In a recent interview, Amy Welborn shares intimate details of writing her book Wish You Were Here: Travels Through Loss and Hope. The book chronicles her trip to Sicily shortly after the death of her husband Michael Dubruiel, a popular Catholic writer and speaker who died of a heart attack in 2009. The interview is an insightful prelude to her book as it highlights how her time in Sicily was helpful in understanding, and working through, the death of her husband. Highlighting how the spiritual context of grief is facilitated by earthly experiences she comments:
Sicily was far away and someplace I’d never been and never thought of going. So in a way, it was sort of like “going to” death in this sense. Although I did think about it, fearfully, it was not someplace I took seriously about traveling to—death, that is. It was also someplace that Mike would never, ever have traveled to. I could not imagine it being part of a family journey in the hypothetical land of “If Mike were still alive.” It seemed very far away from life with him, as well, and I suppose I hoped that if I went to Sicily, I wouldn’t be as burdened with the loss. Didn’t work, of course, since, as I write in the book, even seeing a crucifix made of lava rock festooned with glitter in a souvenir shop on Mount Etna can make you miss your husband just as much as driving by the YMCA where he died back home.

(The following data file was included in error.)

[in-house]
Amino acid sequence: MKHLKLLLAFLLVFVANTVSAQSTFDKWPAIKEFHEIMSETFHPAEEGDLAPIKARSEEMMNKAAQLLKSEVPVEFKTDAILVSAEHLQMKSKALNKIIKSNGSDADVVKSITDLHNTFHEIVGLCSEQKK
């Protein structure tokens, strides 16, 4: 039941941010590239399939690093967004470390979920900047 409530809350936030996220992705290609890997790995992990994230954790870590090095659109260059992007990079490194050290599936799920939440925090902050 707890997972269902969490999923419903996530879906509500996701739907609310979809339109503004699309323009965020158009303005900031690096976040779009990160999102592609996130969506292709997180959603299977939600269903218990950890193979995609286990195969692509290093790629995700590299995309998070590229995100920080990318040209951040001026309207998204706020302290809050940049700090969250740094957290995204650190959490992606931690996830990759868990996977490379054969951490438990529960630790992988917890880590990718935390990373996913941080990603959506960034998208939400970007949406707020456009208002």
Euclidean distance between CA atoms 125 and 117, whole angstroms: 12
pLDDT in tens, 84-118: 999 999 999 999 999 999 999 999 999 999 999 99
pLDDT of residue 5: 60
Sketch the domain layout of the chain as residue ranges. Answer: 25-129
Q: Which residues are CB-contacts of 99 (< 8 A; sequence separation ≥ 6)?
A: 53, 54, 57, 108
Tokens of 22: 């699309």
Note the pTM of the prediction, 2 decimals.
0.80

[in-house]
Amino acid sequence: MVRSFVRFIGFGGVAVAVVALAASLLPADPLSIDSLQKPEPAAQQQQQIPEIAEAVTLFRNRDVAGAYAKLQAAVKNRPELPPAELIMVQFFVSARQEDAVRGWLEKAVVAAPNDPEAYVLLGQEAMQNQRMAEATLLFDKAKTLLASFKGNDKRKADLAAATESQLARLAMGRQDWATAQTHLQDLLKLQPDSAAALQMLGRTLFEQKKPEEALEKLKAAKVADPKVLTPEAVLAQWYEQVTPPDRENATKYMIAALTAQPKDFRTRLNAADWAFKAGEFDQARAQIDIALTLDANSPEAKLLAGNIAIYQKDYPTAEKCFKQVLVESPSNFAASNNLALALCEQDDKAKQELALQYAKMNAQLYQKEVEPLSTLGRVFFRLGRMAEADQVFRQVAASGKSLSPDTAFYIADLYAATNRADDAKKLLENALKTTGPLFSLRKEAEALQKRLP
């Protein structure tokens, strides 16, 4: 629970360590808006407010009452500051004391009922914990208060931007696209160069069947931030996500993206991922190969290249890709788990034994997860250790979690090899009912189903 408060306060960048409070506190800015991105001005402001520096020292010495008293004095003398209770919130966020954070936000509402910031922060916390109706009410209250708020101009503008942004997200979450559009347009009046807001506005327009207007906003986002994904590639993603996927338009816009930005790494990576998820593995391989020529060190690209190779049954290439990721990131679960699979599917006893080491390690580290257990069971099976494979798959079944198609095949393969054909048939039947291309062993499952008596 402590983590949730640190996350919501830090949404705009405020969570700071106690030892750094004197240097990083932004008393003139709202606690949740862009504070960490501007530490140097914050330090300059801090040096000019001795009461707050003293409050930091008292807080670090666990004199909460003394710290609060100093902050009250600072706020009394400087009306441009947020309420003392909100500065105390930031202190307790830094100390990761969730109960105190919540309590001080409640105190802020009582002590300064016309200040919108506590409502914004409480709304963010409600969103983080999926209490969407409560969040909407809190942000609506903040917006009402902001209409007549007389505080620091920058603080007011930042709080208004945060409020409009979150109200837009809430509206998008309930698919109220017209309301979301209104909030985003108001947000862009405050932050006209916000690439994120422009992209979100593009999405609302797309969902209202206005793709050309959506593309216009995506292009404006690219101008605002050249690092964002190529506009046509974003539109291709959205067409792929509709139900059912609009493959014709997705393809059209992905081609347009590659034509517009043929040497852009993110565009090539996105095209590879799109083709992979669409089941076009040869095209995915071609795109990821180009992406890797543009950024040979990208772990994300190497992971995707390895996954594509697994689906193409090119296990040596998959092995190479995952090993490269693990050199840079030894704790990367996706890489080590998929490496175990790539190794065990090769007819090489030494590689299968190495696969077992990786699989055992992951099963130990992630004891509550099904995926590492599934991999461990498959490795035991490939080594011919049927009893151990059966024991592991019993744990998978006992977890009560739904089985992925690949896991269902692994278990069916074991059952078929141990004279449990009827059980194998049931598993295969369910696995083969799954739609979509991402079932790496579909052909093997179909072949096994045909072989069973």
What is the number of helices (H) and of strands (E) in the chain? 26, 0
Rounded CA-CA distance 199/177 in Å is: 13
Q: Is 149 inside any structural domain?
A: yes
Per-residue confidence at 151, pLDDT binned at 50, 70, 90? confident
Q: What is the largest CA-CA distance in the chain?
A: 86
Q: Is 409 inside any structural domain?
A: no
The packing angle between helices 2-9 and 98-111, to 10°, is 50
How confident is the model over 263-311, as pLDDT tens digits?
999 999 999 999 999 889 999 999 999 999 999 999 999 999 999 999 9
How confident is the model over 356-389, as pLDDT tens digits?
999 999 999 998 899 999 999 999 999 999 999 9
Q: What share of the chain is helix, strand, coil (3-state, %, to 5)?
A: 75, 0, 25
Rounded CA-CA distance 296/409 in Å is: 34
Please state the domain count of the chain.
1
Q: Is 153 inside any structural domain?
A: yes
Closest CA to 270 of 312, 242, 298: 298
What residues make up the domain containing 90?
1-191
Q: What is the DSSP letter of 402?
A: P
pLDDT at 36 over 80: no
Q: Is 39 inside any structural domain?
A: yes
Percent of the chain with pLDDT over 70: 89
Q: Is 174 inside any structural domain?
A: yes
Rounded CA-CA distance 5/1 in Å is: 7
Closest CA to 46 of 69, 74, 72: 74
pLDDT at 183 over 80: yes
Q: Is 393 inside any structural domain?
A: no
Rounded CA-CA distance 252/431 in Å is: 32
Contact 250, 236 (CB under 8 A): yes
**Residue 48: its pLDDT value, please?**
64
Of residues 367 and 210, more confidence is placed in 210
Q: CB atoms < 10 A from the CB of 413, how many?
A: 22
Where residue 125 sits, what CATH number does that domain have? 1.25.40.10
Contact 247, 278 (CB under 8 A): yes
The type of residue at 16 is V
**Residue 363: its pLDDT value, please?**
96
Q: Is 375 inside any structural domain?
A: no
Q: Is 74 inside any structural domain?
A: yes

Read the full interview here.